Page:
This week we'll take a look at two items that affect every buyer--credit scores and closing costs. The former is becoming a difficult item for Millenials, while the latter is in the midst of a downward trend. Well, one out of two is not bad.
Millennials make up the largest percentage of the U.S. population and recently surpassed Generation X as the biggest portion of the labor force
, but the younger generation’s credit score could be a factor that’s delaying or preventing more of them from entering the housing market.
In fact, Generation Y has the lowest credit score of all generations says a report from credit bureau Experian
. The study says that millennials – defined here as 19- to 34-year-olds – have an average credit score of 625, below the national average of 667. The average millennial was $52,120 in debt, and that figure would be cut in half excluding mortgages.
Generation X doesn’t meet the national credit-score standard either, notching a 650. This age group was on average $125,000 in debt, and they too would owe about $26,000 were it not for mortgage payments.
Baby boomers and the greatest generation had the best average credit score, a combined 709. These generations were $87,438 in debt — right in line with the national average — and would be $19,217 in debt excluding mortgages.
When it comes to credit usage and debt, millennials and Generation X have diverged in a few key ways, Experian notes. Today, auto loans make up 14 percent of all new accounts opened by millennials. In 1998, car loans comprised just 1 percent of accounts opened by Gen Xers. Millennials are also slightly more reliant on student loans than the preceding generation, with 24 percent opening such accounts compared with 20 percent of Gen Xers when they were the same age.
Gen Xers, on the other hand, favor bank and credit cards. Nearly half – 46 percent – of new accounts opened by this age bracket were for bank cards compared with 27 percent for millennials. Gen Xers are also far more likely to use these cards frequently, carrying an average balance of $6,752, twice as much as millennials.
Millennials may just actually be taking a little longer to develop credit than previous generations, due in part to the tough economic conditions in which they came of age. Experian Vice President of Analytics and Business Development Michele Raneri said that while the numbers might indicate that millennials are financially irresponsible, they will have ample opportunities to build solid credit.
“The best way to do that is to understand credit before using it,” she said.
FICO offers a number of credit-education resources
at its myFICO website, including tips for understanding and improving credit scores.
Good news for homebuyers: Closing costs have dropped 7.1 percent over the past year, falling from an average of $1,989 in 2014 to $1,847, according to a nationwide survey by Bankrate.com
. Costs are slightly lower in California, averaging $1,834.
Bankrate.com requested good-faith estimates from up to 10 lenders in the nation’s largest cities for a hypothetical $200,000 mortgage for a single-family home, assuming a 20 percent down payment. Some highly variable costs were excluded, such as homeowner’s insurance, discount points, title insurance, and taxes, so the final charges on closing day likely would be considerably higher than the averages found in the survey results.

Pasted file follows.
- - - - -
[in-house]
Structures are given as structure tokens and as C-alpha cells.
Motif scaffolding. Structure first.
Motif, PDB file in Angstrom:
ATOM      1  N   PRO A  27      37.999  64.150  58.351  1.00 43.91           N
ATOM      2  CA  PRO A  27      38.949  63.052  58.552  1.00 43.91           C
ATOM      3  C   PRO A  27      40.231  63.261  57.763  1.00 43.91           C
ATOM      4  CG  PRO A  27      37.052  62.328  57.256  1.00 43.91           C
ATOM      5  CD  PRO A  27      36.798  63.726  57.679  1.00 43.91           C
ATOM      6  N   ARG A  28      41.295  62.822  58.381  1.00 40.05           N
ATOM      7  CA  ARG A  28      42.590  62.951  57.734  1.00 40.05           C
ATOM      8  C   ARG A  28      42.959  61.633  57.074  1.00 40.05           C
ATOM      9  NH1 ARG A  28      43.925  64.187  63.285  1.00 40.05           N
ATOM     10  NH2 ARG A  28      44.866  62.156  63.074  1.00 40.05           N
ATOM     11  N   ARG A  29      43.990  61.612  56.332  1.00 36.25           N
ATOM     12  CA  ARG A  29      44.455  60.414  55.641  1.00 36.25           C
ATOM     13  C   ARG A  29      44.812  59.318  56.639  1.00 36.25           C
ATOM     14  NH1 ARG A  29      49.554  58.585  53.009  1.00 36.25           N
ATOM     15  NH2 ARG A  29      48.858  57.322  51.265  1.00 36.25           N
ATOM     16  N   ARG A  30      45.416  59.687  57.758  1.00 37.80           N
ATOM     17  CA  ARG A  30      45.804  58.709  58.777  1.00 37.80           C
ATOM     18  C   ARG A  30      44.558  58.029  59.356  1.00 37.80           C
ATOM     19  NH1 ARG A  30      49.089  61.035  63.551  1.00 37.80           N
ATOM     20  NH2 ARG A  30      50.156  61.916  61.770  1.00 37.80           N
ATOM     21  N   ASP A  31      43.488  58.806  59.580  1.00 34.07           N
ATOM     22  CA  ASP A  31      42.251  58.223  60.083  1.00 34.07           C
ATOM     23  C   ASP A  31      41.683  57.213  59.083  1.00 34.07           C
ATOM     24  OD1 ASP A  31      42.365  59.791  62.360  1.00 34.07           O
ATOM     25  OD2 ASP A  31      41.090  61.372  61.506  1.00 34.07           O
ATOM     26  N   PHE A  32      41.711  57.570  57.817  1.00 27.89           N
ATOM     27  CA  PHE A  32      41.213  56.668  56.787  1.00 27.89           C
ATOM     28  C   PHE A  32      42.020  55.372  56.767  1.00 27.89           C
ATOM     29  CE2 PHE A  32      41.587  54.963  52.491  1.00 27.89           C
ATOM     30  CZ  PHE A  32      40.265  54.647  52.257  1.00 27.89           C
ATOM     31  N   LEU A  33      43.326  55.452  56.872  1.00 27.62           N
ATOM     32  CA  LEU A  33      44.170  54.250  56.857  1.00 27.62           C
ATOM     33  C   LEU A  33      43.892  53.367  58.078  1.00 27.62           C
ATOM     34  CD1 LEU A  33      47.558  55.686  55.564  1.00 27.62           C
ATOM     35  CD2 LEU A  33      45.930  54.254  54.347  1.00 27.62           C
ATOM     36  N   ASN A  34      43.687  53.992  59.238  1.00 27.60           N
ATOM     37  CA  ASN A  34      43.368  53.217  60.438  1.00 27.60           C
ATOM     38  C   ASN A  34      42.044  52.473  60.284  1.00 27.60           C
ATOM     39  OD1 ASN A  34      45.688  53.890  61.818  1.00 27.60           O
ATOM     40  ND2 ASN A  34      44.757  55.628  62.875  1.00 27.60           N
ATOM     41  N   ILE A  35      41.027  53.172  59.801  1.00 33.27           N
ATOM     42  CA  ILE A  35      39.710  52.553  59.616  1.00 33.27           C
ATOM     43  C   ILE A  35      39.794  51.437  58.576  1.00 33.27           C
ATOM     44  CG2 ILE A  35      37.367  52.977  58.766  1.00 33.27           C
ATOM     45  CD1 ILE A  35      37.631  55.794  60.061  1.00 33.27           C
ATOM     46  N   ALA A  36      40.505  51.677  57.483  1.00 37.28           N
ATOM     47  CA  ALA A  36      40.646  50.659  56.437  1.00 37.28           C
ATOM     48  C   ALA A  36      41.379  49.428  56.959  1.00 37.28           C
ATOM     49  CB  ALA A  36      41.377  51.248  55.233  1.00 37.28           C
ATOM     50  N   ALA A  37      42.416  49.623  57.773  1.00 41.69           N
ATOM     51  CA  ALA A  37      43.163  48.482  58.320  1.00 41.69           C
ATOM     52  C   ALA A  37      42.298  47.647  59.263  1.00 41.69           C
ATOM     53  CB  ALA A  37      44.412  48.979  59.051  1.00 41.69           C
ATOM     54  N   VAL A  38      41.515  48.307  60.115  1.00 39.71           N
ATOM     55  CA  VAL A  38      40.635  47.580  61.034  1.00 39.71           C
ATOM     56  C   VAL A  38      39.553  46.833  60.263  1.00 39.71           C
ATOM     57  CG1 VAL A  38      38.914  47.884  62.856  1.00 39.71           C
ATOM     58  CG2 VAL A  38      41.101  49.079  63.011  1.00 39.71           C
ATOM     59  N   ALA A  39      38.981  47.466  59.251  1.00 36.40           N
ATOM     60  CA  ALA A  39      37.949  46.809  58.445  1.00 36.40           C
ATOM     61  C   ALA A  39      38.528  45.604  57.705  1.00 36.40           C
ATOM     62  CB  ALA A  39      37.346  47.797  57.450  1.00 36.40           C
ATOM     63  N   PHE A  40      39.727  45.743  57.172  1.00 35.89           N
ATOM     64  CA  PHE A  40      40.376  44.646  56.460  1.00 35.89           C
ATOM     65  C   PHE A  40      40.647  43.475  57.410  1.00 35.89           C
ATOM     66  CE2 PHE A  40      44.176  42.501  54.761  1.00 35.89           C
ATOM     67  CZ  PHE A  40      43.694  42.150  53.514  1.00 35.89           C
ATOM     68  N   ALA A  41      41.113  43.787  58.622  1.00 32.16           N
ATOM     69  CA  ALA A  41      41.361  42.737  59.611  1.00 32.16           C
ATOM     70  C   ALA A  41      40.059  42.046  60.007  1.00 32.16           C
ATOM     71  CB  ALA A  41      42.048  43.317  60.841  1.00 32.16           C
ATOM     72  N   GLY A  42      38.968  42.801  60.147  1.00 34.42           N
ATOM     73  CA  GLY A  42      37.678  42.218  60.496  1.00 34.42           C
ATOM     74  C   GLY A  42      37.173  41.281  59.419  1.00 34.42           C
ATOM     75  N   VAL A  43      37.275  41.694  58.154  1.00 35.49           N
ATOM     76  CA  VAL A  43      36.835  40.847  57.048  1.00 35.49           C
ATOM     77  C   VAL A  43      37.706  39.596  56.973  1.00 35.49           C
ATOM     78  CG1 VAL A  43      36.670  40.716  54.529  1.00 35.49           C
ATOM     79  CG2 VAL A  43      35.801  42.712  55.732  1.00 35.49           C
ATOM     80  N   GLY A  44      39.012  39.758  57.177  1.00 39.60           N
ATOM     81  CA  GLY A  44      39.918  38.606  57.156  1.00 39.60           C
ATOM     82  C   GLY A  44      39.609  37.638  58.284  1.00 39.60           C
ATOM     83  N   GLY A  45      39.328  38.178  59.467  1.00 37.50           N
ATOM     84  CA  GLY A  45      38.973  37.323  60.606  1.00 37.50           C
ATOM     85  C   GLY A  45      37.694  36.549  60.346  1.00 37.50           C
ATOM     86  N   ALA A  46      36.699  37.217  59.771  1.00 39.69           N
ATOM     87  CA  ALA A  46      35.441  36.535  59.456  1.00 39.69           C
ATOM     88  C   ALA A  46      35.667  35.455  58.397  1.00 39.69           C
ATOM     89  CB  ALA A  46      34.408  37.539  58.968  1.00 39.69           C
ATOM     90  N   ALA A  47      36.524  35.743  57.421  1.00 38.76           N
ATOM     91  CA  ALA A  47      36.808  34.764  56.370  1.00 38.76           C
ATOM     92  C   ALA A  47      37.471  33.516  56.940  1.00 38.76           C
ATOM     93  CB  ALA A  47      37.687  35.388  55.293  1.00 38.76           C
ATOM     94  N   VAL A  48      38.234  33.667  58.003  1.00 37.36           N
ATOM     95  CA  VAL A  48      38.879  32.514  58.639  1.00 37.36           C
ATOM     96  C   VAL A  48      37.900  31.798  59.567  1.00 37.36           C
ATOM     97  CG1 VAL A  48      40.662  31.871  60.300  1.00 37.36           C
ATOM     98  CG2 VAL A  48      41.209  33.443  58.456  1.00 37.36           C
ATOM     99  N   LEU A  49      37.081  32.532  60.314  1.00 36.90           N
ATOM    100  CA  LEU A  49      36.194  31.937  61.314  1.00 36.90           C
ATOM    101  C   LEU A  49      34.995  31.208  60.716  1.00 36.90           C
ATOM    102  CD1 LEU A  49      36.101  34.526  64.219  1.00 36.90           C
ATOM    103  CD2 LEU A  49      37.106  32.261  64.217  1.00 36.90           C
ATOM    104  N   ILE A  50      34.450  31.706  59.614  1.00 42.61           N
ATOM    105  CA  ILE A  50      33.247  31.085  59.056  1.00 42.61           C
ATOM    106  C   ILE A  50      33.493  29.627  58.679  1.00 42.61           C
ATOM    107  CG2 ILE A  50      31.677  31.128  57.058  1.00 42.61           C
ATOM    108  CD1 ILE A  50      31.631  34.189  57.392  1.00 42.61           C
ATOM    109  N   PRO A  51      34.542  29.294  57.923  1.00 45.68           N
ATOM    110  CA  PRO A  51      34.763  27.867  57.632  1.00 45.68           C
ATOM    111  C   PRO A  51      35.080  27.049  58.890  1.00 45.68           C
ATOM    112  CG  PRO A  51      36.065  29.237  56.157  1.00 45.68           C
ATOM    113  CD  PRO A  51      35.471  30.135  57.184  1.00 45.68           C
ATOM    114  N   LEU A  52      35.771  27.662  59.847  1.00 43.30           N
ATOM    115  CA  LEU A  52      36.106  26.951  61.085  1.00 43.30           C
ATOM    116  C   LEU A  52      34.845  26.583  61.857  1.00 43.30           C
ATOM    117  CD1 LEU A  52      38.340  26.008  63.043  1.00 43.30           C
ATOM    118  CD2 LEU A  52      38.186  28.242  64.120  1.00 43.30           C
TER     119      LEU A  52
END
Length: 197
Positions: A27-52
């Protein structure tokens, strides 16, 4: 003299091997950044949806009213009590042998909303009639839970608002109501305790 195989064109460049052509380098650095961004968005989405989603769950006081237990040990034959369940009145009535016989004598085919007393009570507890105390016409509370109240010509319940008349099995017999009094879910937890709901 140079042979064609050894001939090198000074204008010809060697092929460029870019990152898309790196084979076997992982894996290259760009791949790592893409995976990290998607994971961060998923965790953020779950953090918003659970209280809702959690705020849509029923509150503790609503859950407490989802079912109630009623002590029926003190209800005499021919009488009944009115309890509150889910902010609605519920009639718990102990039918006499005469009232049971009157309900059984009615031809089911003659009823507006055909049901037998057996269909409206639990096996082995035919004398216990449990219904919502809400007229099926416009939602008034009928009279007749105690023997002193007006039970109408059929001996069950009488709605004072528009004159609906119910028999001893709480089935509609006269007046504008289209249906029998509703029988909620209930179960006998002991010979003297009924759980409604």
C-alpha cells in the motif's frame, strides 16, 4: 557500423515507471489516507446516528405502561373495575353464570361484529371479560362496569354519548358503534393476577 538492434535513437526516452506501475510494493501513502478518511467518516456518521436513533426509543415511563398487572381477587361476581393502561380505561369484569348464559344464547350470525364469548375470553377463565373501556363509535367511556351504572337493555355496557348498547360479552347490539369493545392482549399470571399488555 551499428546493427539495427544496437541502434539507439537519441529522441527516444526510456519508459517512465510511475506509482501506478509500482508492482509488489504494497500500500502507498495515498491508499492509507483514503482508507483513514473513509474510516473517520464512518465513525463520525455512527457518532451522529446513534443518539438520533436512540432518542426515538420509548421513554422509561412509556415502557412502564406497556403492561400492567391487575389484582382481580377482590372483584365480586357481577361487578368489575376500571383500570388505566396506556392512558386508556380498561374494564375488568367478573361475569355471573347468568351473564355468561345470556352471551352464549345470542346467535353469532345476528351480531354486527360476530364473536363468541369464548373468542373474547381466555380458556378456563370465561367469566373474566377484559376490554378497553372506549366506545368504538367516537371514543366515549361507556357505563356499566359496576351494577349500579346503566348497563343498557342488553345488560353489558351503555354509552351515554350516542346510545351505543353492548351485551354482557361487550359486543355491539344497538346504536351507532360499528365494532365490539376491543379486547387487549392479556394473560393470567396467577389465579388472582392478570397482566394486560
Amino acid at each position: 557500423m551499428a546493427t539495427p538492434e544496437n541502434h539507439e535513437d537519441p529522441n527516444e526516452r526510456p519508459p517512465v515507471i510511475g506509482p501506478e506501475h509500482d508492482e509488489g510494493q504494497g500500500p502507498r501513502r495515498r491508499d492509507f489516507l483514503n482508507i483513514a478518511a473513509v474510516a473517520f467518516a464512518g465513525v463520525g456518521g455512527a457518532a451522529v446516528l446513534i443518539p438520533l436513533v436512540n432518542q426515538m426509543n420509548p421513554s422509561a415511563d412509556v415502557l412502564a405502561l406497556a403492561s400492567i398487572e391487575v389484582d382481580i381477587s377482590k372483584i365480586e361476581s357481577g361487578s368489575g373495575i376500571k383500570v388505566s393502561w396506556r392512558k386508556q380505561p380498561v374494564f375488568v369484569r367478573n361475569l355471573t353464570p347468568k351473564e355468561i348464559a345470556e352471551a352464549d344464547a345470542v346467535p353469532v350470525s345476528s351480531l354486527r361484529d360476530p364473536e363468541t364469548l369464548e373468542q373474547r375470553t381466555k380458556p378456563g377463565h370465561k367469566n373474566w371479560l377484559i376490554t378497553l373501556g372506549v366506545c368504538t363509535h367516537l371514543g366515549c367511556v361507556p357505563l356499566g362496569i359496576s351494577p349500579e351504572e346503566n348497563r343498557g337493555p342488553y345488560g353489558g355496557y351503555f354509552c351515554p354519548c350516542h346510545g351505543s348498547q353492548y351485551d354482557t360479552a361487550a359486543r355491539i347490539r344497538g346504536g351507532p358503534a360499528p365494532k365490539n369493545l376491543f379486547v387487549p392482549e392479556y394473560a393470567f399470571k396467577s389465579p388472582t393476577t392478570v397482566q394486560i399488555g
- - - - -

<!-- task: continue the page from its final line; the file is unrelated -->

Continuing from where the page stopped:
In the survey, average third-party fees rose nearly 22 percent, while origination fees fell by the same percentage. The jump in third-party fees may have been caused by inflation, Bankrate.com noted, while origination fees may have followed the decline in mortgage rates.
In California, the average $1,834 in closing costs
included origination fees charged by the lender such as document preparation, broker/lender fees, and tax services, together averaging $937. Third-party fees, averaging $896, included an appraisal, attorney fees, a credit report, flood certification, inspections, postage, and surveys.
Nationwide, closing costs ranged from $1,613 in Ohio to $2,163 in Hawaii. The overall decline in costs followed two years of increases.
Bankrate.com’s survey results included a statement from nonprofit organization NeighborWorks America reminding borrowers that they can shop around for competitive closing costs.
“Compare the service you get, the reputation and the costs, along with the rate,” Marietta Rodriguez, vice president of national homeownership programs at NeighborWorks America said, “and then go with what you think will fit your needs the best after doing just a little bit of research.”
Borrowers will see changes in the mortgage and closing process in the months ahead as lenders adopt new regulations established by the Consumer Financial Protection Bureau (CFPB)
under the 2010 Dodd-Frank Act. The regulations are intended to make the process more transparent, and one of the changes will combine four forms that borrowers get during the application and closing processes into two simpler documents.
The new forms had been scheduled to take effect Aug. 1, but the CFPB has delayed them until Oct. 3.